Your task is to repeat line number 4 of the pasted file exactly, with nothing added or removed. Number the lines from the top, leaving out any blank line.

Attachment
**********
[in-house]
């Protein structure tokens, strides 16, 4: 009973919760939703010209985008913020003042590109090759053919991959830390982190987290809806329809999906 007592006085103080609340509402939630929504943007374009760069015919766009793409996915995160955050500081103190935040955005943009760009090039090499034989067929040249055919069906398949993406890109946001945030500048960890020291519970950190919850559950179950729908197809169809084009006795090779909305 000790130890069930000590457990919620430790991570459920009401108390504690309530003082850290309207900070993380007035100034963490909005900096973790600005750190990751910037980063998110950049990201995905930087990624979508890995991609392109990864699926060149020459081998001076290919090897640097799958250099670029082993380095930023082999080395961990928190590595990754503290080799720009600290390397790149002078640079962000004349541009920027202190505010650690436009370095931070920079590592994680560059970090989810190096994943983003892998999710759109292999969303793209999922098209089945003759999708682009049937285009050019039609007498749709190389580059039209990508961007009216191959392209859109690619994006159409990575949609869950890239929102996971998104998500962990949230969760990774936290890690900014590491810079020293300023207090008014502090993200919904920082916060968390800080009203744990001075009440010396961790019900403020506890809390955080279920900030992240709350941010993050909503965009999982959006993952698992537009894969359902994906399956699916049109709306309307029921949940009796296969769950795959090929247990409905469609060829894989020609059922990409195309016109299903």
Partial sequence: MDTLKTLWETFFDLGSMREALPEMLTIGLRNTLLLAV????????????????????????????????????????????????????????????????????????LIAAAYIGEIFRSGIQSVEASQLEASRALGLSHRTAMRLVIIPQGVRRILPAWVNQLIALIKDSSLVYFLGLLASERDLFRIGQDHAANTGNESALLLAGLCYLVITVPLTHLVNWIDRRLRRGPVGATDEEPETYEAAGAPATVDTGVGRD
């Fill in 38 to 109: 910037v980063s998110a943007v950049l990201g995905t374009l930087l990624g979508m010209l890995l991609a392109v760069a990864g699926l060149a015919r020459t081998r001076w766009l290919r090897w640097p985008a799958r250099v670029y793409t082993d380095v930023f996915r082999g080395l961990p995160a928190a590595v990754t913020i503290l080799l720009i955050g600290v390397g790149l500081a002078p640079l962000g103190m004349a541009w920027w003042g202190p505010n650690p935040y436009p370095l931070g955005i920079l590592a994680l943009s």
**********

């Fill in 38 to 109: 910037v980063s998110a943007v950049l990201g995905t374009l930087l990624g979508m010209l890995l991609a392109v760069a990864g699926l060149a015919r020459t081998r001076w766009l290919r090897w640097p985008a799958r250099v670029y793409t082993d380095v930023f996915r082999g080395l961990p995160a928190a590595v990754t913020i503290l080799l720009i955050g600290v390397g790149l500081a002078p640079l962000g103190m004349a541009w920027w003042g202190p505010n650690p935040y436009p370095l931070g955005i920079l590592a994680l943009s």